I’m a picky guy. It’s basically my job to examine and criticize works. Over the past year, after poking and prodding about what I’d dive into and obsess over next, I came across a video from one of the Youtube channels I regularly watch on a game called “Yakuza 6: The Song of Life.” The Yakuza series are open-world crime dramas with a heavy focus on a compelling narrative.
Now, I’ve always been a fan of crime dramas. The books I read are often crime based, such as the Tracy Crosswhite series. I also enjoy fighting games, I just tend to not be great at them, which is a tragedy. Yakuza is the hidden gem I just so happened to wander into, and now I can’t stop recommending it.
The majority of the Yakuza series focuses on a Yakuza of the Tojo Clan by the name of Kazama Kiryu, the legendary Dragon of Dojima, as he tries to navigate conflicts that threaten his clan and family. It possesses an excellent narrative and a likable protagonist that lives by a strong set of morals in a criminal world which creates an intriguing dynamic between him and the other characters.
It’s heavily focused on hand-to-hand combat, and I don’t know what’s cooler than roundhouse kicking someone in the face and then immediately slamming someone’s head into a cement wall. Then when wondering the streets, Kiryu can suddenly be pulled off the streets to partake in some random encounters in what are the games substories and provide a break from the usually tense story.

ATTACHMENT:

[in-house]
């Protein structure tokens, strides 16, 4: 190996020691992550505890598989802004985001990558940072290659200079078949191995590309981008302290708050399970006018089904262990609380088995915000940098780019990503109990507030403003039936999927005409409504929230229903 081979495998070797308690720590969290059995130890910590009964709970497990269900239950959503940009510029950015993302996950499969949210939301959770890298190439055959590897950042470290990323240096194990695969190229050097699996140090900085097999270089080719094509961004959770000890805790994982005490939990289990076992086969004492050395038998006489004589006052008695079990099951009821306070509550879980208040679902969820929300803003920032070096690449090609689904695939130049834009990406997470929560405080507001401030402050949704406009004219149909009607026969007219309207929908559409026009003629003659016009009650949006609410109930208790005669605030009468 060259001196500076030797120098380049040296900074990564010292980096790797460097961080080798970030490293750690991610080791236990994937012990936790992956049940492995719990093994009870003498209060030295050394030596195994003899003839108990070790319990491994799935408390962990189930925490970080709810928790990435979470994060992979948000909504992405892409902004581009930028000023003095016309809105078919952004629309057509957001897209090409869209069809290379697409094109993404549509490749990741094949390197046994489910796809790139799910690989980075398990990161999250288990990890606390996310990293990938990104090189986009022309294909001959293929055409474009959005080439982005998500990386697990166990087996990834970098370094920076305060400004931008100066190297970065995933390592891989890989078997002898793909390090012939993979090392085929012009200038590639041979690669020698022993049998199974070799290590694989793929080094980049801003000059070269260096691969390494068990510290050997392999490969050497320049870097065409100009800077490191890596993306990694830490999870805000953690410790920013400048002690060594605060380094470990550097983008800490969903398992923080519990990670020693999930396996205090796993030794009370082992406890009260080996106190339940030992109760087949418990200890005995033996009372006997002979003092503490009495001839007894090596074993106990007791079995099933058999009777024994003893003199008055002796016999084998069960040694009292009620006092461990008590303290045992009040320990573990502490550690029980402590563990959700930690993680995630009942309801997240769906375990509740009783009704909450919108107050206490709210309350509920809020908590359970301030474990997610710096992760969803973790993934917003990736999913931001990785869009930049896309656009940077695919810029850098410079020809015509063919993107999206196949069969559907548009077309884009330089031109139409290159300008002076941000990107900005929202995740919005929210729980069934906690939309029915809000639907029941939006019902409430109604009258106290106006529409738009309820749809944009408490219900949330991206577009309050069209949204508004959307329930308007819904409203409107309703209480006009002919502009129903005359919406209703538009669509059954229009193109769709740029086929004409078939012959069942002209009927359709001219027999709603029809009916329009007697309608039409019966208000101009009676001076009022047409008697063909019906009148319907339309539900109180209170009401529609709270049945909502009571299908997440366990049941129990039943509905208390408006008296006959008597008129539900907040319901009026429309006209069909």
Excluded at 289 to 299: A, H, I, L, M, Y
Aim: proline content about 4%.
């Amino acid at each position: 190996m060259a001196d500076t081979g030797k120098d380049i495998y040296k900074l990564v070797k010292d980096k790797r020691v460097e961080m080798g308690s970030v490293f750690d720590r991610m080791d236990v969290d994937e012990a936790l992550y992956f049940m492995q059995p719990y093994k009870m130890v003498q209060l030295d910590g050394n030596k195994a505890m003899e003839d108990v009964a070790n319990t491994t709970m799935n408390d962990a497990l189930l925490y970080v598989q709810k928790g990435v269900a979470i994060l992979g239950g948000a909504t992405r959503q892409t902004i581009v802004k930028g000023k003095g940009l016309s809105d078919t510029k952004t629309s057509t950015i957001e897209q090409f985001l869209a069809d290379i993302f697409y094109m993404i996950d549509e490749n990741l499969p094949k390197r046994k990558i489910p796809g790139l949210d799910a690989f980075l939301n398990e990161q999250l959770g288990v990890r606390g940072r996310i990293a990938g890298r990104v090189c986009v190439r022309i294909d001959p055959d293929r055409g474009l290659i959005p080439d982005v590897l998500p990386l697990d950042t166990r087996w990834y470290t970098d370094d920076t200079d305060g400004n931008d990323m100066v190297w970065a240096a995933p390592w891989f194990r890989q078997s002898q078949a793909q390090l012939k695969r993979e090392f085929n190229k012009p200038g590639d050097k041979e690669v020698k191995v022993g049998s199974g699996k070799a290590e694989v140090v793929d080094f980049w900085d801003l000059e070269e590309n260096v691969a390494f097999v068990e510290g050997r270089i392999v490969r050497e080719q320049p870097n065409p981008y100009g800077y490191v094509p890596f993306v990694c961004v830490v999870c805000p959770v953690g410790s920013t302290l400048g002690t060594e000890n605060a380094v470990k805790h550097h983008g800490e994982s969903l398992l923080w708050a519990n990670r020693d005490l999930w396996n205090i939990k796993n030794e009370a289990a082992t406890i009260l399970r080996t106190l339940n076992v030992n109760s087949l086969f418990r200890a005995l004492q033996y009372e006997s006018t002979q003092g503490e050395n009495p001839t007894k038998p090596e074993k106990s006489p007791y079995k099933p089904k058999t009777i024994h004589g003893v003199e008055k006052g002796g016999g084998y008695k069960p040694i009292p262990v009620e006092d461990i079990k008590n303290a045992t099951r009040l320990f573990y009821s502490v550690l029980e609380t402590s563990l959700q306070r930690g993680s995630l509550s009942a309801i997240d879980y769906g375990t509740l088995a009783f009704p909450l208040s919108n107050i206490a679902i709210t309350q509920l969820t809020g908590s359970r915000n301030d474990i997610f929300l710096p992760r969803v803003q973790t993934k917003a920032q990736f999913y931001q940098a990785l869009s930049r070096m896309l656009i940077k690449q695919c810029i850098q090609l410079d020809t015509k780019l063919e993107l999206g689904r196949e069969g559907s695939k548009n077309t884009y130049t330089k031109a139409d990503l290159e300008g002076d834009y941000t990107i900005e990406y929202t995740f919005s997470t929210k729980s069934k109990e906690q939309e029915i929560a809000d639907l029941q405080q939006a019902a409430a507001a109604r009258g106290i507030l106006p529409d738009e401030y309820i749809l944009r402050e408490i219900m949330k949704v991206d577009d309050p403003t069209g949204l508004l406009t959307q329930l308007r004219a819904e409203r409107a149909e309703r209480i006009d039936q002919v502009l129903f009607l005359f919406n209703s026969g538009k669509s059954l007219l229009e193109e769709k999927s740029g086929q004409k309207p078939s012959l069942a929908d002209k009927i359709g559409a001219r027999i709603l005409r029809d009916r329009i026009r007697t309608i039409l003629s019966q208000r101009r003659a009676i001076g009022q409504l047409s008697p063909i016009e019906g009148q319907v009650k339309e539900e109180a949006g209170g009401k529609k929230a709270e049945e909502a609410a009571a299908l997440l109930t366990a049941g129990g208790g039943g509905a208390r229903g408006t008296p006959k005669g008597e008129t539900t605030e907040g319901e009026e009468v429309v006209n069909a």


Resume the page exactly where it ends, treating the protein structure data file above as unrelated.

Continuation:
Yakuza has a long and established history. The original Yakuza game was released 2005, and there have since been six other main entries to the series with Yakuza 1 and 2 receiving remakes. It should be noted the games are in Japanese and only have English subtitles.
I would’ve started the series with Yakuza Kiwami in early 2018, and I’ve since completed that game along with Kiwami 2, 6, and Zero. I don’t normally just blow through games in such a manner. I’m a frugal guy, even with video games. I only shop at Safeway so I can use my parent’s membership to get discounts, but I enjoyed them so much and the only reason I haven’t played the others is that they aren’t as readily available in the United States.
So would I recommend it? Absolutely. If you like strong narratives with over-the-top hand-to-hand combat and a lot of heart, you will like this series. So, if you decided to take my advice, start with Yakuza Zero, learn from my mistakes, start it the way it deserves.